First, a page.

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Summary: Discussion on just who Jesus is talking about when talking about "the least of these" and why it’s so important that we care for them.

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“The Least of These…”

Matthew 25:31-46

May 31, 2009

Me: I don’t know that compassion could be called one of my strong suits.

I don’t think I’m necessarily a big meanie, at least not intentionally, but I’m not a person who can easily see someone’s suffering, unless someone tells me about it, or it’s incredibly obvious.

When I finally get it, I’m usually pretty quick to act. Usually. Unfortunately, there have been times when I was confronted with a need, and I’d just roll my eyes before doing anything about it.

I’m not real proud of it. And I’ve determined that the next time one of my kids asks for a glass of water, I’ll just go ahead and get it for them…

We: Have you ever been met with a need from someone and you’re thinking, “Not again. This happens all the time and I’m getting a bit tired of it.”

Or maybe you come across a homeless person or someone you know could use a helping hand and you wonder what you can do to avoid helping that person.

You use all sorts of rationalizations like, “He could get a job if he really tried – being hungry will give him some incentive.” Or, “I don’t have time to dig a couple bucks out of my purse – I’m late picking up the kids from soccer.”

Or you know a fellow Christian who’s fallen on hard times and you wish you could do something about it, but you’re not really sure what to do.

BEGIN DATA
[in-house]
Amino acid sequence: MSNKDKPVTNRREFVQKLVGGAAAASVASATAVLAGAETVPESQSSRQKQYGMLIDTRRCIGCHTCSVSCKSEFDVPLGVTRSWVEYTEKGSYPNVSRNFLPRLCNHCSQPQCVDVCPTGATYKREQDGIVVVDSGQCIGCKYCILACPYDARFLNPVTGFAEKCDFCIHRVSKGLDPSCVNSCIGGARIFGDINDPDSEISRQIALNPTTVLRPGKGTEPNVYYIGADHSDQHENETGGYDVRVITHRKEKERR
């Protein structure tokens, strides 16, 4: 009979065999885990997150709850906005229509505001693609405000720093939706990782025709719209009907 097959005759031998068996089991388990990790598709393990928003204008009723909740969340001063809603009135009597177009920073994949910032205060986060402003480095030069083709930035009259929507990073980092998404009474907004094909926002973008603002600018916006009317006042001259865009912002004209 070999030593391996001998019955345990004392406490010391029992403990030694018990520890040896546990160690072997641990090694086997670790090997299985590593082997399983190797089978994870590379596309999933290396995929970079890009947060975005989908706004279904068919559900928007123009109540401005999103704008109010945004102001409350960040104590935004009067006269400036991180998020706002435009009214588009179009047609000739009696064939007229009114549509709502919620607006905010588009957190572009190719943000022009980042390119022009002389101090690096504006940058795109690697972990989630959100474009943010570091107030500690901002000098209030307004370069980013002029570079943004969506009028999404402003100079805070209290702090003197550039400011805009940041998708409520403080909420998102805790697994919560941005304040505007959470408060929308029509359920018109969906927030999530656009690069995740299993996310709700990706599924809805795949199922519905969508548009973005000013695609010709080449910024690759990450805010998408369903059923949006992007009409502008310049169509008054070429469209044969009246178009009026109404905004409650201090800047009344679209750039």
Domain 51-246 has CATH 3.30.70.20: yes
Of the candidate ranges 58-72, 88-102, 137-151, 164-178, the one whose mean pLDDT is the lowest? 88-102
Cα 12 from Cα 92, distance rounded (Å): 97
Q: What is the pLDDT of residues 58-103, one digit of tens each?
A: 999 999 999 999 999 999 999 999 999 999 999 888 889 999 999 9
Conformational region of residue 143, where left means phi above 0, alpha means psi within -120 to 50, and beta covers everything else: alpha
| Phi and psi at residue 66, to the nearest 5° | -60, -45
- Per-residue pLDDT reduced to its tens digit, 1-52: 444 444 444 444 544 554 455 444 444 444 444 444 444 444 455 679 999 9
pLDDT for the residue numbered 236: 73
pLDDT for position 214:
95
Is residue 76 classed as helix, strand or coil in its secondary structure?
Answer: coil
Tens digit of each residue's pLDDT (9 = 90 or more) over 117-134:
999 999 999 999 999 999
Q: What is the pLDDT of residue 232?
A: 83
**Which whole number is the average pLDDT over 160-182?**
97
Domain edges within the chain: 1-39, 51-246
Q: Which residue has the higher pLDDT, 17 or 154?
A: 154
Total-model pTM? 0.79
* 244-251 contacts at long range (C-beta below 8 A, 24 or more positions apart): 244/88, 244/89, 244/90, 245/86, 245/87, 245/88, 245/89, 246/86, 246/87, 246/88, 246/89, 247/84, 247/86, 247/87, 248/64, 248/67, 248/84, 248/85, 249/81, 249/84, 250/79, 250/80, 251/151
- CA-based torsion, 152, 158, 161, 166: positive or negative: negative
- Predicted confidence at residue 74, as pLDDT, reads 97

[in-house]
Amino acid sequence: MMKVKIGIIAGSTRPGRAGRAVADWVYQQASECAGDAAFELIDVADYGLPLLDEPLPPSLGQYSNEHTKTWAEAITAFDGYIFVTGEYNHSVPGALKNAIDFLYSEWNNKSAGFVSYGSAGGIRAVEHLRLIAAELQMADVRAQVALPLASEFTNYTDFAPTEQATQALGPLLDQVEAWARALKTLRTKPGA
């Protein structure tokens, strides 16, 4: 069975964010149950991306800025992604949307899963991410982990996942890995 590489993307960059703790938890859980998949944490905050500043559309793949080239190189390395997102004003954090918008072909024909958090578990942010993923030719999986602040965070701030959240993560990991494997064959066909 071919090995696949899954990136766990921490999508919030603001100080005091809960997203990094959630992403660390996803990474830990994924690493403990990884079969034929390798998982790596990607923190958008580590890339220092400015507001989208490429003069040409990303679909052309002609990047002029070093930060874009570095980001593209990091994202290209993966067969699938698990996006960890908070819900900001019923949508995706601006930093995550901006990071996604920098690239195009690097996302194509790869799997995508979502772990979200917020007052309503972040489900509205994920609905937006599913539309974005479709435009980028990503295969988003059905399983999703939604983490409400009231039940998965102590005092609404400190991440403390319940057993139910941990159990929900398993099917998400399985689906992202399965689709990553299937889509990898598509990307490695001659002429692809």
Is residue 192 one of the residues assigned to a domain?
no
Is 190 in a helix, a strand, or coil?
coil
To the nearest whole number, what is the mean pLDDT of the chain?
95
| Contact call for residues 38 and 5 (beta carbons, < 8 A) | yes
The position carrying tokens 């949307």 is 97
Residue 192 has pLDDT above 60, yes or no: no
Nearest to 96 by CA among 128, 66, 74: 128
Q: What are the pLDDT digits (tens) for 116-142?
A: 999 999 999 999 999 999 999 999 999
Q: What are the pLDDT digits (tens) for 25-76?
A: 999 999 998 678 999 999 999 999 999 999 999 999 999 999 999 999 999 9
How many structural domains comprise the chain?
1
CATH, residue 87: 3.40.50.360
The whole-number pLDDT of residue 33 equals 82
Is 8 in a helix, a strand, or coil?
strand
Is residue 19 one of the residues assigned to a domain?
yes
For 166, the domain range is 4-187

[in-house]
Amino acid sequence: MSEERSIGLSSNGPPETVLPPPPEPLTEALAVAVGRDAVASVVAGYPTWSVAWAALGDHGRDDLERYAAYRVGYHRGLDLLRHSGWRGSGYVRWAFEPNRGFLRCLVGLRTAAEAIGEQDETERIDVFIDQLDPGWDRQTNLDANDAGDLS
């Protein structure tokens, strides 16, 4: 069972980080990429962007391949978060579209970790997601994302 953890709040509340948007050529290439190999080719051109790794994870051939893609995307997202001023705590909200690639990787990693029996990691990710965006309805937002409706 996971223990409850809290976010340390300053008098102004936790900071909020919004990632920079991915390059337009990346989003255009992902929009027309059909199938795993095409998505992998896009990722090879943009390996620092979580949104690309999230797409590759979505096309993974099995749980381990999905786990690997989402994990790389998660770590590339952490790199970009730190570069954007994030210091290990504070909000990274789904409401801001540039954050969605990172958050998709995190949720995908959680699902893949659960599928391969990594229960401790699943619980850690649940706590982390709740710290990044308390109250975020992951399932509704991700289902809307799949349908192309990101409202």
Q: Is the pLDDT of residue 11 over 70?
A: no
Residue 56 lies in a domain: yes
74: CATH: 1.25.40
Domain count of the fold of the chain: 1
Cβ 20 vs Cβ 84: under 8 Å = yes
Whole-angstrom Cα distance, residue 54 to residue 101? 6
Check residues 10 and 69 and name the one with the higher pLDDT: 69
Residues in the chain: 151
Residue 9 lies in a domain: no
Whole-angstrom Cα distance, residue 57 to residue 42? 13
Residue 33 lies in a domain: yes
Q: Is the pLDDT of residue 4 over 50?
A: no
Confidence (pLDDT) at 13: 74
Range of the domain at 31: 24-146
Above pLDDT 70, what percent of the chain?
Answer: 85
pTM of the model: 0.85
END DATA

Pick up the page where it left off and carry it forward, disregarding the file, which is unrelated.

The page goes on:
I think most of us have had situations like that.

But have you ever thought about the fact that helping someone, especially those who are part of the family of God, has eternal implications?

That your helping someone might actually be a way of touching Christ Himself?

It’s an awesome thought, and our passage from Scripture today talks about that.

God: Jesus lays out a scene here that describes a judgment. This is not a parable, strictly speaking, but rather a word picture of an actual event in the future.

Matthew 25:31-46 (p. 702) –

We start off with a description of the setting of this judgment –

31 "When the Son of Man comes in his glory, and all the angels with him, he will sit on his throne in heavenly glory. 32 All the nations will be gathered before him,

Man, that seems awesome, doesn’t it? I don’t think I can really put my brain around that scene, can you?

Jesus – in all his glory – surrounded by all the angels. Not just some of the angels, not just the archangels, but all the angels. Now I have no idea how many angels there are, but it’s got to be a pretty huge number.

Okay, let’s keep going, back in verse 32 –

All the nations will be gathered before him, and he will separate the people one from another as a shepherd separates the sheep from the goats. 33 He will put the sheep on his right and the goats on his left.

34 "Then the King will say to those on his right, ’Come, you who are blessed by my Father; take your inheritance, the kingdom prepared for you since the creation of the world.

Isn’t that awesome? This Kingdom, existing from the beginning of time, is sure and unchangeable. Believers need never doubt its existence. (LACNT)

Continuing:

35 For I was hungry and you gave me something to eat, I was thirsty and you gave me something to drink, I was a stranger and you invited me in, 36 I needed clothes and you clothed me, I was sick and you looked after me, I was in prison and you came to visit me.’


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